XFire ignites the interest of marketers

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It's friendster meets instant messaging for video-game players.

Xfire, the new IM agent for gamers, features a screen showing the names of the player's friends and the game they're currently playing, allowing gamers to jump in right beside a friend, or even a friend of a friend. Xfire's full version doesn't launch until next month, but already more than a million gamers have downloaded the beta version that sits on their desktops.

But it isn't just gamers who are crazy for it. Advertisers are quickly signing up.

Marketers are enthusiastic about Xfire because they can put brands and messages directly onto the desktop agent to more effectively reach the elusive demographic of 18-to-34-year-old male gamers.

frequent change

So far, advertisers such as Pepsi's Mountain Dew brand, MTV Networks' Spike TV, chip maker AMD and several movie companies are running ads similar to a small online banner inside the agent. The ads change every five minutes.

One of the key reasons Xfire has been successful is because it brings gamers together, said analyst David Cole, president of DFC Intelligence. More than 60 million people are playing online games, but they're playing different ones, which divides that mass number into small communities around each game. Advertisers who want to reach gamers have had to make deals with many different titles or properties. Until now.

`skins'

A popular way to view Xfire, again with both players and advertisers, is with "skins." The entire agent is wrapped in the colors and logos of a particular brand or product, similar to the new customizable wraps for iPod music players. While skins can be created by marketers for specific products, gamers also create their own and post them on Xfire's site for others to download and use; most use a particular video game theme, but at least one person came up with their own Puma (not an Xfire advertiser) skin.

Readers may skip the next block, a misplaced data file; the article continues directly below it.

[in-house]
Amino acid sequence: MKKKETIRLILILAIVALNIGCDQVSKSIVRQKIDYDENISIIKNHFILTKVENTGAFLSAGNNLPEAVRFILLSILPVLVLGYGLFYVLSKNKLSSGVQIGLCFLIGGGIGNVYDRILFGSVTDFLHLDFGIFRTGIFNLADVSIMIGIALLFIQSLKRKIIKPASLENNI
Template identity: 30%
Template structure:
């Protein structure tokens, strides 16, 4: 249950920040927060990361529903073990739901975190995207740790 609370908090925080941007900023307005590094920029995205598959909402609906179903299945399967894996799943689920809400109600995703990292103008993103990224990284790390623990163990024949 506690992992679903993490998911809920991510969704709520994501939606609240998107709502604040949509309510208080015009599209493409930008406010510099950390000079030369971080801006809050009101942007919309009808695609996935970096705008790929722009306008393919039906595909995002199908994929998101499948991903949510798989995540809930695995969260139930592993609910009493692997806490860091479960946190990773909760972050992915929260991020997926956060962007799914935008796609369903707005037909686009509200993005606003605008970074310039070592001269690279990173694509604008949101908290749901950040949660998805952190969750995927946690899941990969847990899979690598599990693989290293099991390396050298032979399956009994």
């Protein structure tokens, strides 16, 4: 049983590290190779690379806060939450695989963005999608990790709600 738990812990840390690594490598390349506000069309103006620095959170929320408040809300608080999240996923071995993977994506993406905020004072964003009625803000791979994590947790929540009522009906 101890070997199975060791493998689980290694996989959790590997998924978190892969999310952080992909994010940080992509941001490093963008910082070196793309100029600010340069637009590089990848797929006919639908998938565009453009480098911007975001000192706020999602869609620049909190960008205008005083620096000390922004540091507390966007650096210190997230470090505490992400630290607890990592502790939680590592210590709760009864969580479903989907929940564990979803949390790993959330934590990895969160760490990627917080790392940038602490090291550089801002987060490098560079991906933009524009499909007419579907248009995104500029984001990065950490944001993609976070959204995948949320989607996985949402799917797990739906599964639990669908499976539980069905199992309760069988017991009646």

Xfire charges advertisers a standard ad banner rate for the box, with the rate varying depending on the ad's size. There is an undisclosed fixed charge to buy the wrapped "skins" version. "Advertisers do like the skins because they cover the whole agent, but also because they like the viral spread of skins," said Xfire CEO Mike Cassidy.

Mr. Cassidy founded the company as Ultimate Arena in 2003 along with Dennis "Thresh" Fong (a world-champion Quake player) and Chief Technology Officer Max Woon, a former Internet entrepreneur who founded Blue Tiger Networks software. A fourth partner, David Lawee, a former executive with McKinsey & Co. and co-founder of Mosaic Venture Partners, has left. The company, funded by prominent venture-capital firms including Draper Fisher Jurvetson and New Enterprise Associates, changed its name to Xfire in April.

In an effort to reach even more gamers, Xfire is cutting deals with distribution partners. One is with Compaq, where Xfire will be a desktop icon on the X Gaming PC in the fall. It's already been bundled with Ubisoft games including Far Cry and America's Army, and is in negotiations with several game distributors for similar packaging. A Compaq spokeswoman said, "We only strike deals that we are sure will give the best experience to our customers."

So far, Xfire has no direct competition, although its buzz and success may inspire others. "They've got a great niche and a lot of buzz, especially in terms of gamers," Mr. Cole said. "So no matter what, they've got a great head start."

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